Plasma desktop is way ahead of anything else in the Linux world right now. Yes, there are still glaring issues and annoying bugs, like the file copy timestamp for Samba shares or the ability to play media from remote devices, but overall, it’s shaping up to be an excellent product. There’s a lot of thought and attention to detail, and layer upon layer of smart, intelligent functionality packaged in an elegant and presentable way. I’m really really liking this.

        Well, hopefully, today’s little guide gives you even more reasons to try Plasma. It started with a revelation that is Kubuntu 17.04, then I’ve shown you how to pimp this desktop for everyday use, and given you a wealth of tricks that should make the experience even more enjoyable. Finally, we have these task manager tweaks. Well, if you have a request for anything else, don’t be a stranger. Shout, happy KDE, and may Plasma be with you.

    • GNOME Desktop/GTK

      • 4 features that make GNOME 3.26 worth the switch

        Of all the releases of the GNOME desktop, in recent years, I cannot think of one that was as anticipated as is GNOME 3.26. What is strange about this is that there are no major, ground-breaking features added to this upcoming release. While there are some subtle shifts in design, and a few small additions, the buzz for GNOME 3.26 is, without a doubt, there. My suspicion lies in the one-two punch of this 33rd release of the GNOME desktop and Ubuntu migrating back to GNOME. The anticipation of 3.26 is likely also bolstered by the fact that GNOME has become one of the most stable and polished desktop on the market.

      • Eolie Web Browser for GNOME – The Simplest Web Browser

        There will also be a question of the target audience and the number of options that will be proposed in the future. If a browser like Vivaldi has found its way to the giants, it is that it is aimed at all confirmed users. As can be seen with Web, a good integration with the rest of the GNOME environment will not be enough to be adopted, and it will not only have to propose all the usual functionalities but also propose new ones which could no longer happen.

  • Distributions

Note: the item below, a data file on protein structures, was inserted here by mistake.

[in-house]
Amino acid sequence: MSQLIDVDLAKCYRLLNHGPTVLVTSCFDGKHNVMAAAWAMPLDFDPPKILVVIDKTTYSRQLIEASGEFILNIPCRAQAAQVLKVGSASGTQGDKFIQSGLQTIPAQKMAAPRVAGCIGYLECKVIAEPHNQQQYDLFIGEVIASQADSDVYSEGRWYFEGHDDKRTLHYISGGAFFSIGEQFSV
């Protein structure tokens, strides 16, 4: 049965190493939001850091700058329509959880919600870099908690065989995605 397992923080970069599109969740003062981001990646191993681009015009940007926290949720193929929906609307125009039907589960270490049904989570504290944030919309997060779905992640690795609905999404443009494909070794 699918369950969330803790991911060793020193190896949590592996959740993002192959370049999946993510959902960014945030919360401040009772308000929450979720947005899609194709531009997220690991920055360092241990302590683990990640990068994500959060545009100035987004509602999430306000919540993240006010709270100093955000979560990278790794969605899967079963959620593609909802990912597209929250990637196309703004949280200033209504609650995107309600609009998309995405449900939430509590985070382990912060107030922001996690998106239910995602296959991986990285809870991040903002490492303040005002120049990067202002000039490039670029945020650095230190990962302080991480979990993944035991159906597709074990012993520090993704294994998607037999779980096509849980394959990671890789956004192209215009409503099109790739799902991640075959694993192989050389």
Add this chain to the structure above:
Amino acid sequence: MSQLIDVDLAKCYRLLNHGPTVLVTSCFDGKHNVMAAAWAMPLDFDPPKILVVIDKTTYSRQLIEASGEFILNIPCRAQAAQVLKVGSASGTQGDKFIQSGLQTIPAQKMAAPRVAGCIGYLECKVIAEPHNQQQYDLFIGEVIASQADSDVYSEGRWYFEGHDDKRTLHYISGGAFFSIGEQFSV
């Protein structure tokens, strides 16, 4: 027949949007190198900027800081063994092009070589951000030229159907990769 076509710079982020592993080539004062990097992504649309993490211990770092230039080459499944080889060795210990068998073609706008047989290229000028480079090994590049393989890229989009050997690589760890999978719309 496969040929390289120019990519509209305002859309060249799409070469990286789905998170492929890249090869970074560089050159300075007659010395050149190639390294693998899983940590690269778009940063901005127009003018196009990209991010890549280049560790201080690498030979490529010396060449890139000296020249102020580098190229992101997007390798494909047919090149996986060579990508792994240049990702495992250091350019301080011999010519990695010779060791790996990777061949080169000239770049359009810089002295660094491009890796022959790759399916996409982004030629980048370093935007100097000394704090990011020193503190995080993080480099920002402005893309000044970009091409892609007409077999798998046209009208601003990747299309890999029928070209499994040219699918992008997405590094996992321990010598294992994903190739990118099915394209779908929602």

• Clear Linux Squeezes More Performance Out Of Intel’s Core i9 7960X, 7980XE

      Earlier this week we published our launch-day benchmarks of the Core i9 7960X and Core i9 7980XE. Those Linux benchmarks were done with Ubuntu, but for those wondering what the maximum performance looks like for these high-end desktop processors, here are some comparison results with Intel’s own Clear Linux distribution.

    • OpenSUSE/SUSE

      • ​SUSE Studio merges with Open Build Service

        When SUSE first introduced SUSE Studio in 2010, it was a radical change. You could build your own Linux distribution without being a Linux expert. Today, we use custom Linux images inside containers, virtual machines (VM), and every cloud worth its name every day. So SUSE is updating SUSE Studio by merging it with its Open Build Service (OBS) to create a better tool for bundling packages with Linux distributions to deliver customized Linux images. The new product’s name will be SUSE Studio Express.

      • When Microsoft met SUSE: This Windows-Linux partnership gets stronger every day [Ed: "Linux purists hated that partnership". Not Linux. Not purists. GNU. And people who value freedom.]

        Linux purists hated that partnership. But my, how things have changed! Today, Microsoft has joined The Linux Foundation; all the major Linux distributions, including Debian and Red Hat are available on Microsoft’s Azure cloud; and Microsoft recently joined the Open Source Initiative.

    • Red Hat Family

      • Red Hat Launches ‘Open Innovation Labs’ Facility in Singapore

        Red Hat (NYSE: RHT) has unveiled a new facility in Singapore that will serve to help Asia-Pacific customers adopt open source and DevOps approaches in their information technology applications, ExecutiveBiz reported Tuesday.

        The company said Monday the first Red Hat Open Innovation Labs hub in the region will facilitate collaboration between IT teams, consultants, engineers and subject-matter experts in efforts to drive companies’ digital transformation.

      • Maxta hyper-converged SW flips off VMware for Red Hat

        Red Hat Virtualization is based on open-source KVM. Maxta executives said the goal is to provide an easy migration path for customers to move from ESXi to RHV. Maxta MxSP software runs on x86 servers, and is sold stand-alone or packaged on appliances by resellers.

      • Smart Card Support in Red Hat Enterprise Linux

        Recent Red Hat Enterprise Linux releases see an expansion in support of the smart card related use cases. However customers usually have a mixed environment and standardize on a specific version of Red Hat Enterprise Linux for period of time. It is important to understand the evolution of the smart card related feature to plan your deployment and understand what capabilities are available in what version of the operating system.

      • Red Hat launches Linux platform for SAP software environments

        Open source solutions provider Red Hat has announced the launch of Red Hat Enterprise Linux for SAP Solutions, an enterprise Linux platform optimised for running SAP software deployments.

        Red Hat Enterprise Linux for SAP Solutions aims to provide a smoother path for organisations seeking to integrate or merge their heterogeneous SAP software environments, offering a single, standardised platform for big data analysis and management projects.